We take it for granted that our children will learn skills naturally, however some children require Occupational Therapy to achieve the milestones essential for executing motor skills, to function at home, at school, in public, or in social situations. Luckily, occupational therapists are specifically trained to help these children reach milestones and function effectively in their everyday lives.
Who Are Occupational Therapists?
Occupational Therapists are a vital part of the healthcare professional team who specialize in assessing and providing therapy/intervention to improve coordination or physical skills required for everyday living tasks.
These interventions enable your child to develop independence and carry out daily activities safely.
Why Do We Call It “Occupational Therapy”?
Everyone in life strives to achieve an occupation that will enable them to execute skills well and enjoy their profession. Occupational Therapy, widely known as OT, lays the foundation for life-long motor skills essential to writing, eating, and developing independent work skills as an adult.
The OT works with people of all ages and is trained to help them manage any functional deficits that interfere with their ability to learn or process the skills or information required for everyday tasks.
At The Therapy Place, the goal of Occupational Therapy is to enable the child to achieve their full potential so that they can live meaningful lives. A lot of this therapy is done through the medium of games and fun activities, which motivates children to improve their skills.
Early intervention with premature babies and toddlers is essential. The earlier a child is referred for OT, the greater the chance of setting the foundation skills required for becoming independent and achieving the skills required to cope at school.
A child with a developmental delay, will usually present with delayed milestones, such as weak head control, difficulty rolling over, sitting, crawling, and walking.
At an infant level, the OT concentrates on correct positioning of the baby for eating while the Speech therapist works on improving sucking and swallowing skills.
The Occupational Therapist works closely with the parents and will adapt skills appropriate for each child to develop their skills.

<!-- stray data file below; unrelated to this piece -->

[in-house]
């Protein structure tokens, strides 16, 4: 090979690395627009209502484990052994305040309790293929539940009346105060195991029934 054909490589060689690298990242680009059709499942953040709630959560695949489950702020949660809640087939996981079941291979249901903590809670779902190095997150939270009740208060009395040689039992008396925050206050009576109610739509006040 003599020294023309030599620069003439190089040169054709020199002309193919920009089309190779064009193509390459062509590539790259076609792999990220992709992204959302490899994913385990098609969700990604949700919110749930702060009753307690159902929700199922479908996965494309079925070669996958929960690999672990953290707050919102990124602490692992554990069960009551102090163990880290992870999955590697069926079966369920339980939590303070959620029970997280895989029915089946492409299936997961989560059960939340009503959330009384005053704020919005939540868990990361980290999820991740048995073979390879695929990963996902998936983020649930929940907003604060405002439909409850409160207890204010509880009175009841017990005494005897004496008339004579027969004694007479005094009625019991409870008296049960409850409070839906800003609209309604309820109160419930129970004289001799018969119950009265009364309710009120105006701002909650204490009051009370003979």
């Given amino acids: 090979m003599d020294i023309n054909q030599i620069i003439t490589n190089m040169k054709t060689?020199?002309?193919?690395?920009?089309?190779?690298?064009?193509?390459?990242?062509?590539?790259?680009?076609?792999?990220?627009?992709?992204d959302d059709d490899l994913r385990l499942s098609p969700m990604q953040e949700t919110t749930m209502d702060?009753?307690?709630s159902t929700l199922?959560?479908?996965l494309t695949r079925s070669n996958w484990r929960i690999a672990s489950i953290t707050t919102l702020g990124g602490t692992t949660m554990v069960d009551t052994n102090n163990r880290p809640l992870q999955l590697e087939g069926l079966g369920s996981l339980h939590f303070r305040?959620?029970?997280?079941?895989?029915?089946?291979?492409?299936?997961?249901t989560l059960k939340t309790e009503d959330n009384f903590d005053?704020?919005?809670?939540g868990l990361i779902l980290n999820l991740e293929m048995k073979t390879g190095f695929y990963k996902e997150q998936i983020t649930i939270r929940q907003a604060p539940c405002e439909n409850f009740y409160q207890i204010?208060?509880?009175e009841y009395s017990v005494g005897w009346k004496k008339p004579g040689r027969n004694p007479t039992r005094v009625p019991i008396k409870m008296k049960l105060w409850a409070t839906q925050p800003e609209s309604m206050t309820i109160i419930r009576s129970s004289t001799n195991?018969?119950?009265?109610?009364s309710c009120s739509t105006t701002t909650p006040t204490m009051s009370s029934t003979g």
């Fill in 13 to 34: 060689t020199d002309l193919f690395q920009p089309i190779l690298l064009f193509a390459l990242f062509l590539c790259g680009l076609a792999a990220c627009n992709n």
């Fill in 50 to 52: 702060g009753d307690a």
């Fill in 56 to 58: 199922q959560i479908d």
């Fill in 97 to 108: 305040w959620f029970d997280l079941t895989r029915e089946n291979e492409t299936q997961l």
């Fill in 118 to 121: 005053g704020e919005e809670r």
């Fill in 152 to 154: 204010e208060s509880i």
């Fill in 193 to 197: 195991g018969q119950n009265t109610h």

The parent of a young child usually stays with their child in therapy and participates in activities with the OT. This enables them to implement the techniques taught in therapy because the carry-over of these skills is essential for achieving independence and closing the gap between the delay and the expected milestone.
Your child will need to learn to eat independently, dress himself, use the bathroom, draw, and then develop writing skills to be ready for school.
Parents often become extremely concerned as they see fellow parents or their friend’s children developing more rapidly.
If you are worried don’t delay seeking help from your healthcare professional.
It’s a good idea to keep a record of your child’s developmental milestones such as the age your child was able to sit, crawl, and pull to standing. This information will be valuable when the therapist takes a case history. The OT will ask you many questions regarding when your child reached their milestones and achieved different skills.
Although your child may not have reached some of their milestones at an appropriate age, you can discuss your concerns with your child’s healthcare professional who will refer them to the appropriate therapist for an assessment and intervention.\
Who Needs Therapy?
The range of children who need Occupational Therapy is vast and includes:
Premature Babies With Developmental Delays
Babies with these types of disabilities and developmental delays often need additional occupational therapy. These delays can affect the child’s future ability to cope with kindergarten up to middle school.
Toddlers who require assistance in becoming more independent in daily tasks such as dressing and taking off clothes or putting on shoes. Often shoes with Velcro are useful as tying shoelaces may be difficult for them.
Everyone is capable of assisting in their child’s development of imaginative play. Whether playing alone, with peers of the same age peers, or with an adult, your child can explore their imagination and bring it to life. Find everyday items around your home and watch to see the story your child creates with them!
Children Struggling With Laterality
Those who have not achieved the skill of laterality (distinguishing left from right), may put their shoes on the incorrect feet. We always call them “bananas”! A fun idea is to write the first two letters of their name on the left shoe and the last two letters on the right shoe to teach them right and left.
Children Struggling With Fine Motor Skills
Children who attend regular schools, from kindergarten to middle school, where the teacher is concerned about their fine motor skills for drawing, holding a pen, and crossing the midline.
Children With ADHD
Children who have been diagnosed with attention deficit hyperactivity disorder (ADHD) may have difficulty concentrating in class, following instructions, and sitting still on a chair. The occupational or physical therapist may provide a block to raise the child’s leg height. This enables them to sit on a chair for a longer time.
In these cases, the OT will intervene in therapy to develop the child’s control of his core muscles and improve his posture.
Children WIth Sensory Developmental Issues
Toddlers or children on the Autism spectrum often present with sensory developmental issues. They find textures of clothing or labels extremely uncomfortable or cannot cope with the texture of certain foods.
As a toddler, the child may scream, as they cannot express themselves or don’t understand what is bothering them. It can be extremely stressful for a parent who does not know why they are crying.
In this case, the OT will advise the parent how to desensitize the child to different textures or avoid them. The speech therapist would work on slowly introducing different textures of foods. This also includes ensuring that the toddler does not choke.
Other sensory issues to look out for are if your child is not aware of his body’s position in space. He may bump into people, objects.
Children With Poor Sensory Feedback